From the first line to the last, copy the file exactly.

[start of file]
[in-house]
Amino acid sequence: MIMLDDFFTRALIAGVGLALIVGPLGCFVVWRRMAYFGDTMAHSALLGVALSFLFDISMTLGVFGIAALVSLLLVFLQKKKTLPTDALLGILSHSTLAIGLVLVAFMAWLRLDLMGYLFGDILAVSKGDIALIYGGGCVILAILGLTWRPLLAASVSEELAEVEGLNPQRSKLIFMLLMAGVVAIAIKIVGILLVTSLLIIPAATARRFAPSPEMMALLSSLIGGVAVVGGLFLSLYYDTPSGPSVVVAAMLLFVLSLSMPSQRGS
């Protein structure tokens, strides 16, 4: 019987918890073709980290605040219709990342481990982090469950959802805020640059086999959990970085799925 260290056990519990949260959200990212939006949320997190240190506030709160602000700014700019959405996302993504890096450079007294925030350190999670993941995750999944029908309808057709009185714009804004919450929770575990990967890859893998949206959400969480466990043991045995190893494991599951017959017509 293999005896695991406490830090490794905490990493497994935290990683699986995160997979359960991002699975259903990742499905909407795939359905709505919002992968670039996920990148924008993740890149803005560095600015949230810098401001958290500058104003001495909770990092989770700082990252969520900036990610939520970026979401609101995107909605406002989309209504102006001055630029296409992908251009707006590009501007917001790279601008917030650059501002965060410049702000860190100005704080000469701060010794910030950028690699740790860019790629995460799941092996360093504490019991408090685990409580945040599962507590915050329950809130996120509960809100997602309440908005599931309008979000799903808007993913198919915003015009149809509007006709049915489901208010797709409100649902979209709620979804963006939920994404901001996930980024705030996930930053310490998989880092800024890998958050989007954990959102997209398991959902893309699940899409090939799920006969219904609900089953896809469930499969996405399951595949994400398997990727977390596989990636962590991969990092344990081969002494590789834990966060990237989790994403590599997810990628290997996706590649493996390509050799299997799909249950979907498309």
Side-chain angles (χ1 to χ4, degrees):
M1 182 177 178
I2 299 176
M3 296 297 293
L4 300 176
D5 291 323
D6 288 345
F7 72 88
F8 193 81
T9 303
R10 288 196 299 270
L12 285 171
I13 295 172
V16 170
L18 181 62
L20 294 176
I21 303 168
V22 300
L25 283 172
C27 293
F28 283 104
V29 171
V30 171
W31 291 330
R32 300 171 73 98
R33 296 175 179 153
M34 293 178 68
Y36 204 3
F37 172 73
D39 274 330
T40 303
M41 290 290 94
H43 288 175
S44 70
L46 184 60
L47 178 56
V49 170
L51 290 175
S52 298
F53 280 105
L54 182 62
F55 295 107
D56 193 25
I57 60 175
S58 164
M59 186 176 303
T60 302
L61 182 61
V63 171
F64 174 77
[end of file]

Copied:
[in-house]
Amino acid sequence: MIMLDDFFTRALIAGVGLALIVGPLGCFVVWRRMAYFGDTMAHSALLGVALSFLFDISMTLGVFGIAALVSLLLVFLQKKKTLPTDALLGILSHSTLAIGLVLVAFMAWLRLDLMGYLFGDILAVSKGDIALIYGGGCVILAILGLTWRPLLAASVSEELAEVEGLNPQRSKLIFMLLMAGVVAIAIKIVGILLVTSLLIIPAATARRFAPSPEMMALLSSLIGGVAVVGGLFLSLYYDTPSGPSVVVAAMLLFVLSLSMPSQRGS
């Protein structure tokens, strides 16, 4: 019987918890073709980290605040219709990342481990982090469950959802805020640059086999959990970085799925 260290056990519990949260959200990212939006949320997190240190506030709160602000700014700019959405996302993504890096450079007294925030350190999670993941995750999944029908309808057709009185714009804004919450929770575990990967890859893998949206959400969480466990043991045995190893494991599951017959017509 293999005896695991406490830090490794905490990493497994935290990683699986995160997979359960991002699975259903990742499905909407795939359905709505919002992968670039996920990148924008993740890149803005560095600015949230810098401001958290500058104003001495909770990092989770700082990252969520900036990610939520970026979401609101995107909605406002989309209504102006001055630029296409992908251009707006590009501007917001790279601008917030650059501002965060410049702000860190100005704080000469701060010794910030950028690699740790860019790629995460799941092996360093504490019991408090685990409580945040599962507590915050329950809130996120509960809100997602309440908005599931309008979000799903808007993913198919915003015009149809509007006709049915489901208010797709409100649902979209709620979804963006939920994404901001996930980024705030996930930053310490998989880092800024890998958050989007954990959102997209398991959902893309699940899409090939799920006969219904609900089953896809469930499969996405399951595949994400398997990727977390596989990636962590991969990092344990081969002494590789834990966060990237989790994403590599997810990628290997996706590649493996390509050799299997799909249950979907498309």
Side-chain angles (χ1 to χ4, degrees):
M1 182 177 178
I2 299 176
M3 296 297 293
L4 300 176
D5 291 323
D6 288 345
F7 72 88
F8 193 81
T9 303
R10 288 196 299 270
L12 285 171
I13 295 172
V16 170
L18 181 62
L20 294 176
I21 303 168
V22 300
L25 283 172
C27 293
F28 283 104
V29 171
V30 171
W31 291 330
R32 300 171 73 98
R33 296 175 179 153
M34 293 178 68
Y36 204 3
F37 172 73
D39 274 330
T40 303
M41 290 290 94
H43 288 175
S44 70
L46 184 60
L47 178 56
V49 170
L51 290 175
S52 298
F53 280 105
L54 182 62
F55 295 107
D56 193 25
I57 60 175
S58 164
M59 186 176 303
T60 302
L61 182 61
V63 171
F64 174 77